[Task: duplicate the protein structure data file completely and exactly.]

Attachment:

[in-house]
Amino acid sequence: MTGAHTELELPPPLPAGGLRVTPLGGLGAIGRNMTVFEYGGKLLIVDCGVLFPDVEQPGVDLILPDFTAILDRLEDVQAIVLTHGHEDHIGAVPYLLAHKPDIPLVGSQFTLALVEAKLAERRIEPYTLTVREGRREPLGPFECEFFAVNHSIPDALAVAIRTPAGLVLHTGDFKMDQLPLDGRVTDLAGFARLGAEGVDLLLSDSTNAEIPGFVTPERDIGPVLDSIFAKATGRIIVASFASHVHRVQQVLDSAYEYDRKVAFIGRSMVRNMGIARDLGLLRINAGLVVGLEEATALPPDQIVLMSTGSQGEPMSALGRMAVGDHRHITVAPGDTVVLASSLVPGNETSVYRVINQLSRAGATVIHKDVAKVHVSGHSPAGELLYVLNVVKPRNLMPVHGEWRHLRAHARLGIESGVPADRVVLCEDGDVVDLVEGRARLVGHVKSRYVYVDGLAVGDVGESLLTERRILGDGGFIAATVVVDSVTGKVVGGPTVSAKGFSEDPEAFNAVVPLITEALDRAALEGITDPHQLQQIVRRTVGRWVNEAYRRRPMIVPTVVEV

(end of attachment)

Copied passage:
[in-house]
Amino acid sequence: MTGAHTELELPPPLPAGGLRVTPLGGLGAIGRNMTVFEYGGKLLIVDCGVLFPDVEQPGVDLILPDFTAILDRLEDVQAIVLTHGHEDHIGAVPYLLAHKPDIPLVGSQFTLALVEAKLAERRIEPYTLTVREGRREPLGPFECEFFAVNHSIPDALAVAIRTPAGLVLHTGDFKMDQLPLDGRVTDLAGFARLGAEGVDLLLSDSTNAEIPGFVTPERDIGPVLDSIFAKATGRIIVASFASHVHRVQQVLDSAYEYDRKVAFIGRSMVRNMGIARDLGLLRINAGLVVGLEEATALPPDQIVLMSTGSQGEPMSALGRMAVGDHRHITVAPGDTVVLASSLVPGNETSVYRVINQLSRAGATVIHKDVAKVHVSGHSPAGELLYVLNVVKPRNLMPVHGEWRHLRAHARLGIESGVPADRVVLCEDGDVVDLVEGRARLVGHVKSRYVYVDGLAVGDVGESLLTERRILGDGGFIAATVVVDSVTGKVVGGPTVSAKGFSEDPEAFNAVVPLITEALDRAALEGITDPHQLQQIVRRTVGRWVNEAYRRRPMIVPTVVEV